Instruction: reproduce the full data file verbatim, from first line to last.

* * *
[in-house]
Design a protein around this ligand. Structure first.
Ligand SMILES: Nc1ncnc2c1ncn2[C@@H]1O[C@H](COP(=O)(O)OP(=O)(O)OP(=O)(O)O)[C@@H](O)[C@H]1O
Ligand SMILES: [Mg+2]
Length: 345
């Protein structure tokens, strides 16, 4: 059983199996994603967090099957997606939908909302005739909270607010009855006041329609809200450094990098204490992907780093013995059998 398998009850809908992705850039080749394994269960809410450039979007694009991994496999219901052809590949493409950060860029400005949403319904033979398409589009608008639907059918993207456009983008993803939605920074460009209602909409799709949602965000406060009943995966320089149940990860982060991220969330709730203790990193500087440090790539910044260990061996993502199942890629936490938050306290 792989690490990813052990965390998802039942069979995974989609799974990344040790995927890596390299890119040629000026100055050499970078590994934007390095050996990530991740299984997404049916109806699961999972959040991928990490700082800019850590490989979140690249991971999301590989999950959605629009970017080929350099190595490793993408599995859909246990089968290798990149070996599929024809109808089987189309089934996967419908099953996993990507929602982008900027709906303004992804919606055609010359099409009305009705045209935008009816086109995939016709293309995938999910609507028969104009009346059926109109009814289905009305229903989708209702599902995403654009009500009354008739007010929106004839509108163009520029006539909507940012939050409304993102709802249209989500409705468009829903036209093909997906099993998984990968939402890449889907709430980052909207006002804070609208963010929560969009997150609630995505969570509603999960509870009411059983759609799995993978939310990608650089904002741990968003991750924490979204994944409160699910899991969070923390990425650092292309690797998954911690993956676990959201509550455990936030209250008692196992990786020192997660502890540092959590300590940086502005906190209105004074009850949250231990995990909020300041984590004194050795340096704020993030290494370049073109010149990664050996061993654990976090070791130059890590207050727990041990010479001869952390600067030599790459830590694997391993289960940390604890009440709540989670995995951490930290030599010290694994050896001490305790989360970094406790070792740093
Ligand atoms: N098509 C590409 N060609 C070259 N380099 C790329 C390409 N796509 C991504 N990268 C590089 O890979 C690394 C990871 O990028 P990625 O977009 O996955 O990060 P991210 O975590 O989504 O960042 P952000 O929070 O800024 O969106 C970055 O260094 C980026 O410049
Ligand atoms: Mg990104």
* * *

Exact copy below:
[in-house]
Design a protein around this ligand. Structure first.
Ligand SMILES: Nc1ncnc2c1ncn2[C@@H]1O[C@H](COP(=O)(O)OP(=O)(O)OP(=O)(O)O)[C@@H](O)[C@H]1O
Ligand SMILES: [Mg+2]
Length: 345
């Protein structure tokens, strides 16, 4: 059983199996994603967090099957997606939908909302005739909270607010009855006041329609809200450094990098204490992907780093013995059998 398998009850809908992705850039080749394994269960809410450039979007694009991994496999219901052809590949493409950060860029400005949403319904033979398409589009608008639907059918993207456009983008993803939605920074460009209602909409799709949602965000406060009943995966320089149940990860982060991220969330709730203790990193500087440090790539910044260990061996993502199942890629936490938050306290 792989690490990813052990965390998802039942069979995974989609799974990344040790995927890596390299890119040629000026100055050499970078590994934007390095050996990530991740299984997404049916109806699961999972959040991928990490700082800019850590490989979140690249991971999301590989999950959605629009970017080929350099190595490793993408599995859909246990089968290798990149070996599929024809109808089987189309089934996967419908099953996993990507929602982008900027709906303004992804919606055609010359099409009305009705045209935008009816086109995939016709293309995938999910609507028969104009009346059926109109009814289905009305229903989708209702599902995403654009009500009354008739007010929106004839509108163009520029006539909507940012939050409304993102709802249209989500409705468009829903036209093909997906099993998984990968939402890449889907709430980052909207006002804070609208963010929560969009997150609630995505969570509603999960509870009411059983759609799995993978939310990608650089904002741990968003991750924490979204994944409160699910899991969070923390990425650092292309690797998954911690993956676990959201509550455990936030209250008692196992990786020192997660502890540092959590300590940086502005906190209105004074009850949250231990995990909020300041984590004194050795340096704020993030290494370049073109010149990664050996061993654990976090070791130059890590207050727990041990010479001869952390600067030599790459830590694997391993289960940390604890009440709540989670995995951490930290030599010290694994050896001490305790989360970094406790070792740093
Ligand atoms: N098509 C590409 N060609 C070259 N380099 C790329 C390409 N796509 C991504 N990268 C590089 O890979 C690394 C990871 O990028 P990625 O977009 O996955 O990060 P991210 O975590 O989504 O960042 P952000 O929070 O800024 O969106 C970055 O260094 C980026 O410049
Ligand atoms: Mg990104």